Elmira Bayrasli is director of partnerships, policy and outreach at Endeavor Global, a nonprofit that identifies and supports high-impact entrepreneurs in emerging markets.
When I was at a high school in Daytona Beach, Florida, as an exchange student from Istanbul, I was filled with an entrepreneurial spirit and loaded with different tech ideas. The year was 1993, and the U.S.A. was experiencing a technology revolution. I felt that this change would eventually affect Turkey. A few years later, back in Turkey, with some classmates from Istanbul Technical University, I started a small business that focused on Web projects. It was a kind of techies’ playground from which I “graduated” to a more serious – but not less fun – business.
In 2000, I started Pozitron, an R&D-based firm that develops enterprise, networking and security software applications for other companies. It took me a while to bring together the executive team — experienced senior managers are in short supply in Turkey. Once I did have executives in place, I was able to focus on the mobile telecom industry and do what I do best, which is come up with innovative solutions. One of Pozitron’s first hits was a mobile-phone application for the country’s only official sports betting game – Iddaa. Since developing that, we’ve broken into international markets with mobile-phone banking applications developed for Turkey’s largest private bank – Türkiye İş Bankası. The applications allow users to transfer money, trade stocks, pay bills and check balances from anywhere in the world.
In 2007, I was selected a high-impact entrepreneur by Endeavor, a non-profit that identifies and supports influential entrepreneurs. A year later, Pozitron won the Global Business Plan Contest organized by the Harvard Business School for a plan that focused on an integrated, mobile-banking product. It was launching this application in the same month a large U.S.-based multi-national bank released its own version that gave me a huge satisfaction.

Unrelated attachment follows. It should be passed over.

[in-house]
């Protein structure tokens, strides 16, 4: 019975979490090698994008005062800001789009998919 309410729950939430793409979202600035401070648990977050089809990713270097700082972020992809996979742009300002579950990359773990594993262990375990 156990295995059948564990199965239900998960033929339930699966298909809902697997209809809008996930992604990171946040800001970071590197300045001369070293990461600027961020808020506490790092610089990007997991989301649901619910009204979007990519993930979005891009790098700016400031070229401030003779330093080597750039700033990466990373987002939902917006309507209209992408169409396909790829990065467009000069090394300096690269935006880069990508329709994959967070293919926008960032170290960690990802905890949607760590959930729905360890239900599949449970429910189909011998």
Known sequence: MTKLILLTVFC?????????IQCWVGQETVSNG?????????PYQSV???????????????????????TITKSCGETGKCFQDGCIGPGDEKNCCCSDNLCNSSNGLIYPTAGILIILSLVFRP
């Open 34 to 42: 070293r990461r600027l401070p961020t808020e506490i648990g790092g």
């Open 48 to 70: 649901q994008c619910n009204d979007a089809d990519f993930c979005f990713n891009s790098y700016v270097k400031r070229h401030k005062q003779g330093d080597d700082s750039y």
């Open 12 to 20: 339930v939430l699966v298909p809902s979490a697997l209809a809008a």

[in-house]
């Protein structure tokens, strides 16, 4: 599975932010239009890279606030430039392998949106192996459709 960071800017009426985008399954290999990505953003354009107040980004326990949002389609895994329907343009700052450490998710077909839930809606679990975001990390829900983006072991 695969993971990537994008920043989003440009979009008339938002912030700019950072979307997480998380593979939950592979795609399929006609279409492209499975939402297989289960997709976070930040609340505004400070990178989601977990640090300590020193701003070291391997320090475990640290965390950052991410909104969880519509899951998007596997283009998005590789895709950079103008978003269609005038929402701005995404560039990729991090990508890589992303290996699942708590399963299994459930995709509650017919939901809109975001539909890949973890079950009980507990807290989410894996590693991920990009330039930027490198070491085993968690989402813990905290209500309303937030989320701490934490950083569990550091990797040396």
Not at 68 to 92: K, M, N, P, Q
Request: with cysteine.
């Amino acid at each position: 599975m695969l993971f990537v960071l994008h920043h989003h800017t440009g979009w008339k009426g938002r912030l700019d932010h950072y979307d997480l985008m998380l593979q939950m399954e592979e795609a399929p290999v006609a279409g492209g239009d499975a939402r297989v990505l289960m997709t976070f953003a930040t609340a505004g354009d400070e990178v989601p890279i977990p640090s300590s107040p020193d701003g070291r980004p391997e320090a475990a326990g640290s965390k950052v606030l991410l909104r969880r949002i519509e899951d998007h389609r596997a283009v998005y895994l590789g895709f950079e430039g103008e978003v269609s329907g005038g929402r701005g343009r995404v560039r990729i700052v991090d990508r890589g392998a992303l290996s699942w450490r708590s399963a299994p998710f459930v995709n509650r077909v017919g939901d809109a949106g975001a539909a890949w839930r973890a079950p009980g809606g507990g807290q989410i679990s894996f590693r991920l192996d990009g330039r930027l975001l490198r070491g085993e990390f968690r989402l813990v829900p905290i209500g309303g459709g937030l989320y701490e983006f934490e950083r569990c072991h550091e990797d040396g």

As more people are starting businesses or doing trade, mobile telephone communication has even a more significant role to play in helping them overcome obstacles and grow their enterprises. Brand new applications and services are emerging, including Pozitron’s mobile airline ticketing and check in. My ambition is to participate in shaping the future of this industry and, together with my Turkish friends and rivals, dispel the myth that the high-tech sector in Turkey doesn’t exist.Elmira Bayrasli:
As the daughter of Turkish immigrants, I spent much of my childhood visiting Turkey. It was a place I didn’t want to go. There were many reasons for that, including rolling blackouts and no television. The most important was no telephones.
The telephone was important to me. That’s how I kept in touch with my mother and my father, who wasn’t able to stay with me for the duration of our summer-long trips. “I’ve got to go back to work,” he’d tell my teary five-year old self. “But I’ll call you, okay?”
Except he couldn’t call us. My grandmother, like most Turks, didn’t have a phone – not because she couldn’t afford one, but because Turkey’s infrastructure didn’t allow for it. Phone calls could only be made at the post office. Even then there was no guarantee of securing a working line. Thankfully that is no longer Turkey’s situation.
Today, Turks are creating technologies that have attracted world attention. Pozitron is one of those companies. And Fatih Isbecer is one of those entrepreneurs helping redefine entrepreneurship in Turkey.
With a highly educated work force and globally oriented citizenship, Turkey is home to promising young talent, a strategic geography and tremendous resources. Fatih Isbecer recognized it and started his own high-tech company. It worked not only to create jobs, but to inspire other Turks to see themselves as innovators. Turkey used to turn to the West for the latest technologies. Today Turkey is at the cutting edge, pioneering new solutions not only for Turks, but for the world as well.